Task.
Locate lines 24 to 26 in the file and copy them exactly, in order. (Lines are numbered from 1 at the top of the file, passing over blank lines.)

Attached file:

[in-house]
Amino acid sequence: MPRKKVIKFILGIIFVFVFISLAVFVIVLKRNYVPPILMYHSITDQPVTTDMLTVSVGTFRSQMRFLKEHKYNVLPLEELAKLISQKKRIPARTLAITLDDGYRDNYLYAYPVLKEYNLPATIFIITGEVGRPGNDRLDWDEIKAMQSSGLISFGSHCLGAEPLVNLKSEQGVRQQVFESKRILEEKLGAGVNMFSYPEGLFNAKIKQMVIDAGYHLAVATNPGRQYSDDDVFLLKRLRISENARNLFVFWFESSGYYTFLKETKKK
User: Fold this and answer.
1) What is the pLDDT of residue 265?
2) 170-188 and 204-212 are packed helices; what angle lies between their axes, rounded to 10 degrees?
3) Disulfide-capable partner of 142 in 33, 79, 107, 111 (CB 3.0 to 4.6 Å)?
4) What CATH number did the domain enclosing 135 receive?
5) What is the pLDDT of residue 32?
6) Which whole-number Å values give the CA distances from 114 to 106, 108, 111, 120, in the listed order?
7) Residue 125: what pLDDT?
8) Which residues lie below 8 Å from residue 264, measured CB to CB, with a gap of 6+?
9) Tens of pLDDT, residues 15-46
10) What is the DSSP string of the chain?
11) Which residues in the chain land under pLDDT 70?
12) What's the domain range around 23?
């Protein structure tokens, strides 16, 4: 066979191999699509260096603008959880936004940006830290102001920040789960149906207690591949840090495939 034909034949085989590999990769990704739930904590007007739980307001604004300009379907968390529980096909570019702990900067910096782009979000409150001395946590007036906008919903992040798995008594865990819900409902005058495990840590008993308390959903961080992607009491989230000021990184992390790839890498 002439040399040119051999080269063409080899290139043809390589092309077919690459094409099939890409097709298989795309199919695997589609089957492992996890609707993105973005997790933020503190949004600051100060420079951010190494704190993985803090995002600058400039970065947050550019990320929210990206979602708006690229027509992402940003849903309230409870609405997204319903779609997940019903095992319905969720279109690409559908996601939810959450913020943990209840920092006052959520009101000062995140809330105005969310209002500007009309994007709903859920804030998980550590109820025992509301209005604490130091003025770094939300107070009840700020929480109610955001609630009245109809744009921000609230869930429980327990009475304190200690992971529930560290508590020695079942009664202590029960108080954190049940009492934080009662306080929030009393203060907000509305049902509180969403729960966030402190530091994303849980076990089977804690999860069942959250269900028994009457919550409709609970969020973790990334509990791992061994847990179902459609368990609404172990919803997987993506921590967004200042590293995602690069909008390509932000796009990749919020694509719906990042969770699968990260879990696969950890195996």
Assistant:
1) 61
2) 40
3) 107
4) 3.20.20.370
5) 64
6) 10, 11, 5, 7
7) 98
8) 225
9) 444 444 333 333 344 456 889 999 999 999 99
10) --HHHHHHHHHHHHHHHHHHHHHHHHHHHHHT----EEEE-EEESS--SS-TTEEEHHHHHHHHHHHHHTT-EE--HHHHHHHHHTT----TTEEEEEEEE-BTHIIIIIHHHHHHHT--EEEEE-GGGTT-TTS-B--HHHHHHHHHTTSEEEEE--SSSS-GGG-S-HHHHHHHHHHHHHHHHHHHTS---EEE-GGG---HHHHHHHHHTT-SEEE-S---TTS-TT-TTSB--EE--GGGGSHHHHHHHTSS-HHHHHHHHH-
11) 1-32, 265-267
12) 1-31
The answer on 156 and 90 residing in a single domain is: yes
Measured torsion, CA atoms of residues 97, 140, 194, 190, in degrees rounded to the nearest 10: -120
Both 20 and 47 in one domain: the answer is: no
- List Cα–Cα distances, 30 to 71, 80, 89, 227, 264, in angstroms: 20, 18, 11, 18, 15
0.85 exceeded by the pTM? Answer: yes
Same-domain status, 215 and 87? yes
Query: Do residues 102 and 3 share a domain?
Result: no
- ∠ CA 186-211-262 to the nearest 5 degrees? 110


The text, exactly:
7) 98
8) 225
9) 444 444 333 333 344 456 889 999 999 999 99